Phoebe’s story: Using drugs to brave the business

© Corrie Wingate for the Alliance

Phoebe Kanana’s story as told to Lucy. K. Maroncha

Phoebe Kanana’s story as told to Lucy K. Maroncha, a Key Correspondent from Kenya.

Phoebe Kanana from Watamu in Kenya is a sex worker living with HIV. She talks about her memories of the past – good and bad – her hopes for the future, and how the Omari Project is helping the present become safer.

Every day I curse death for robbing me of my parents. My father died when I was in high school and my mother died five years later. I grew up in a wealthy family. My father was a mayor while my mother was working with a large telecommunication company. All of us went to good schools and qualified well. Perhaps my life would be different had they been alive.

I am 35 years old and a sex worker living with HIV. I am not proud to be a sex worker and would never like my two sisters to know how I earn my living. I have escaped death in the hands of men as I try to revive the glorious life I had when my parents were alive.

I live in a slum in Watamu, where I have to sell sex if only to pay my rent and buy food. I have been physically assaulted and humiliated many times. I use drugs and when I crave, I will do anything to get a puff. I have therefore stolen money from my clients and I have also exchanged sex for drugs.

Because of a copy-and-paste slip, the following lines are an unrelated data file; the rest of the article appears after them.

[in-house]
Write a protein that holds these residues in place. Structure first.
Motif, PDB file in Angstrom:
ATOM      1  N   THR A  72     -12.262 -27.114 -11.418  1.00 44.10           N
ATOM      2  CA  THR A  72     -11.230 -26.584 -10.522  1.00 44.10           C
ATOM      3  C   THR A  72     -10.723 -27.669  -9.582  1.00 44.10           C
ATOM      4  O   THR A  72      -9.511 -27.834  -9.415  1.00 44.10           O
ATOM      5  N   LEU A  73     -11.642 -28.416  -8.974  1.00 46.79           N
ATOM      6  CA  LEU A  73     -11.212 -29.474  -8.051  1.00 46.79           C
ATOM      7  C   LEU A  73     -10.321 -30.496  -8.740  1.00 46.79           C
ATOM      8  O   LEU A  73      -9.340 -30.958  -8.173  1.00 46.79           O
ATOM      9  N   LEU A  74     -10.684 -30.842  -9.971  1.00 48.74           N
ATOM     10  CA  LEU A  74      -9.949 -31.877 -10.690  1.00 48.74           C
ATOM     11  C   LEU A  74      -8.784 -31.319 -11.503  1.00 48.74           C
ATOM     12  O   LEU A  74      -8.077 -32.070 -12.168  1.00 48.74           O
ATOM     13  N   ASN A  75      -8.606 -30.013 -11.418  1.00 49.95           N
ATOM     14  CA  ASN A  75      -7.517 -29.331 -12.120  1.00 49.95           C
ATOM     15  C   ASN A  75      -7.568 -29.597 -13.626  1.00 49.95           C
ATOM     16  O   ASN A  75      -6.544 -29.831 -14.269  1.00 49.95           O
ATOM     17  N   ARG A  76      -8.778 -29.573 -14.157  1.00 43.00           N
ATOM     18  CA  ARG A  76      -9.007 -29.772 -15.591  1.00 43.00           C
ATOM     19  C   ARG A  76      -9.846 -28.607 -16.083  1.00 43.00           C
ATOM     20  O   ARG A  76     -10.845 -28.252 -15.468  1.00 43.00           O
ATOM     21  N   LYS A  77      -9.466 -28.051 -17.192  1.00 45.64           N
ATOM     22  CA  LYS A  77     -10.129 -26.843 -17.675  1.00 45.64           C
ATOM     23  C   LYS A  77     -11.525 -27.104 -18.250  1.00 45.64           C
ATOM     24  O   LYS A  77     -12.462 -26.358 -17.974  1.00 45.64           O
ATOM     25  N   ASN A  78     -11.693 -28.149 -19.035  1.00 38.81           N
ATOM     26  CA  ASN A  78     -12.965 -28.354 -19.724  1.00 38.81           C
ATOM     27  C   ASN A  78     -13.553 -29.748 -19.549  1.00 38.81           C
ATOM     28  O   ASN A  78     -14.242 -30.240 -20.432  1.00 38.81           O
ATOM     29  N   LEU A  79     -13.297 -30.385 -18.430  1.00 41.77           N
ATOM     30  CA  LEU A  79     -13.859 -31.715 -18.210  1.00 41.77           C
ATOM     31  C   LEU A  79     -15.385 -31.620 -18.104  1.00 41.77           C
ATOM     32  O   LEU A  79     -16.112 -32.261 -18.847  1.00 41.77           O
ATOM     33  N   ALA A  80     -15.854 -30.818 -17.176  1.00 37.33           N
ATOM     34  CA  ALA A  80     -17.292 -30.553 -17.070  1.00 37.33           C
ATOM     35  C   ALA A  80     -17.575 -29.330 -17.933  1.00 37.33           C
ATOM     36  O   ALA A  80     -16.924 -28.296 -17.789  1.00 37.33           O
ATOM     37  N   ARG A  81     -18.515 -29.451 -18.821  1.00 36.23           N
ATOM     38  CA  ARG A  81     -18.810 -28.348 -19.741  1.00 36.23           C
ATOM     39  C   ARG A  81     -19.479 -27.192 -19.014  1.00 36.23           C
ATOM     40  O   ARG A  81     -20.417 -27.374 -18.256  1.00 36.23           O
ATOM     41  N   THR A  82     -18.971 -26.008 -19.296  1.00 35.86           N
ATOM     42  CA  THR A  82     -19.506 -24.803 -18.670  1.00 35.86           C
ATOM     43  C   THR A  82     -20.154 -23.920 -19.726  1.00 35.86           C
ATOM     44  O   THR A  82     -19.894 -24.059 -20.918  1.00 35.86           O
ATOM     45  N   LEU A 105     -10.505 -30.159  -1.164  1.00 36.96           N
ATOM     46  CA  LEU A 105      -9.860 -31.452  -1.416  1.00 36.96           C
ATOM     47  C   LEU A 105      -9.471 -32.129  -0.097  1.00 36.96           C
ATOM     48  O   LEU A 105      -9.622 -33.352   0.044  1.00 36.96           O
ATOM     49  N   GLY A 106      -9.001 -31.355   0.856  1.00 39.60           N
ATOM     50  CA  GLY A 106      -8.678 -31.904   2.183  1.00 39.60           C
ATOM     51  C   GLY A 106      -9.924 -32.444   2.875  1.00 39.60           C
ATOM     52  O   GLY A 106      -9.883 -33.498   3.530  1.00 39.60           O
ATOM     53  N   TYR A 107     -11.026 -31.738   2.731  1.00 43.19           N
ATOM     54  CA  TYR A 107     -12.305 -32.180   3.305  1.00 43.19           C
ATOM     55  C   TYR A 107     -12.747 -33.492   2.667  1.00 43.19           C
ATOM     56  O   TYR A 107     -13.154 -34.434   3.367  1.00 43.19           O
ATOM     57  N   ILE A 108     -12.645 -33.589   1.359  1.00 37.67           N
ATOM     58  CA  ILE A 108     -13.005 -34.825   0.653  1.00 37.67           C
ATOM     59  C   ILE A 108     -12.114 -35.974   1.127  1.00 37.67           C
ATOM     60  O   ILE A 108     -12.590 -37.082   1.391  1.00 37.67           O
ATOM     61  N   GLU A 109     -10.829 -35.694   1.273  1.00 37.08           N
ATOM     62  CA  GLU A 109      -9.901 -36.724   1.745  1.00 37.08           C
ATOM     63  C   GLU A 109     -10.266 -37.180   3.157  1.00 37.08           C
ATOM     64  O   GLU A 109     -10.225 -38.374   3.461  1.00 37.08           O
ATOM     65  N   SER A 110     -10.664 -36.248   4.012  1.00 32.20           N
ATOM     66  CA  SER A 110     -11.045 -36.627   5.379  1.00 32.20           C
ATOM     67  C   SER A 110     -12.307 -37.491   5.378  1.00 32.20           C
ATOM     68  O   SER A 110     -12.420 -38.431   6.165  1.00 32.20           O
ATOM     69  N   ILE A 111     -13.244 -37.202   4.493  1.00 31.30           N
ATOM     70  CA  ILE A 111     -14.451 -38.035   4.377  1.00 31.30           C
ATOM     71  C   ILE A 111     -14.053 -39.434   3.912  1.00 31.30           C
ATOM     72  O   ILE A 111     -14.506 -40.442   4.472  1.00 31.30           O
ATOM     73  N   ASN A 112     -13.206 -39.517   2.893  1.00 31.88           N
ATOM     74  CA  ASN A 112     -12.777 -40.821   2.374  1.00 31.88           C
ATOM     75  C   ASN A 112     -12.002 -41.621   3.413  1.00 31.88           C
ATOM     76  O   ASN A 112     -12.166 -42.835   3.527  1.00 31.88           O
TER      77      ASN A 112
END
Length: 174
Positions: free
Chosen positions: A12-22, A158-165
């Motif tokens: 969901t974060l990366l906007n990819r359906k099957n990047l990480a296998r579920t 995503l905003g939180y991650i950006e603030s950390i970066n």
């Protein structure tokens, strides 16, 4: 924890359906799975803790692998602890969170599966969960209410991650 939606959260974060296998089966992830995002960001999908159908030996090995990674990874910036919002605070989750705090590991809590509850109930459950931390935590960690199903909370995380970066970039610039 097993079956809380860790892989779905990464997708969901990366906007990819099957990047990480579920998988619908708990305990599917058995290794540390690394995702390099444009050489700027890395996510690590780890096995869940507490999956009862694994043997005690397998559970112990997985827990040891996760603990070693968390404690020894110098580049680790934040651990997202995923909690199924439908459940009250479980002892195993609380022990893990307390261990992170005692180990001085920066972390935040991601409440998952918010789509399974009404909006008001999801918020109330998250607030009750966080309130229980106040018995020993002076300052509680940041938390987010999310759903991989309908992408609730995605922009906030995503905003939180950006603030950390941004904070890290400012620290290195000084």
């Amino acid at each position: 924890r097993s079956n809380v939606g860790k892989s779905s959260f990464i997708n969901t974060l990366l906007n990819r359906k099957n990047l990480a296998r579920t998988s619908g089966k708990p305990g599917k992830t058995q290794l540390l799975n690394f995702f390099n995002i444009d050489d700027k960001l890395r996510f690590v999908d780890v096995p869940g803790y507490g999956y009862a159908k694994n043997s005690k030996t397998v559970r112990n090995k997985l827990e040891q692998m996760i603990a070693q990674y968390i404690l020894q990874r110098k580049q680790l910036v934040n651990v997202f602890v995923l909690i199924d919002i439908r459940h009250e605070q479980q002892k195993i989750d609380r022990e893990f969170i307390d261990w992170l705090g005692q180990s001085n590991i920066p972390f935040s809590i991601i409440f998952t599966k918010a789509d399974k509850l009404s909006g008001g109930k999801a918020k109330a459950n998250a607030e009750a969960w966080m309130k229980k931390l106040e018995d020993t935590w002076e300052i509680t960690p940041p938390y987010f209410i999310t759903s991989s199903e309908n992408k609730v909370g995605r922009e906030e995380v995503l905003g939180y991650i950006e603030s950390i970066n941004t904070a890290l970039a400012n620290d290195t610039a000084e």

I became a sex worker after completing high school. My mother was ailing and I felt like I was over-burdening her so I went to live with my aunt in Nairobi with hopes of getting a job. But the job was not forthcoming and some of my friends introduced me to men who would give me money in exchange for sex, and within a short time I had got into the sex business. I suspect that is where I got the HIV infection.

I had to start using drugs to brave the business. Sometimes, I would find a dirty, old man but if he had money, I would give in. This, I could do only under the influence of drugs. I had heard about the coastal region where tourists came with lots of money and would engage young girls in sex work. That is how I arrived at Watamu.

At one point I met an elderly man in his 70s. He asked me to marry him and I accepted and he took me to Europe. But one night he found me dancing at a club and furiously dragged me out amidst threats that I was his alone. Back at home, he grabbed my hair and dipped my head in the swimming pool. After he thought I was unconscious; he threw me in the pool to drown. Luckily I escaped and came back to a cheap hotel in Watamu where I resumed sex work. This is also when I came into contact with the Omari Project, who heard my story and gave me counseling and free condoms. They also talked to me about how to negotiate for safer sex without provoking violence, something that keeps me much safer.

This article was written as the International HIV/AIDS Alliance, before we changed our name to Frontline AIDS.


Harm reductionKenyaSex work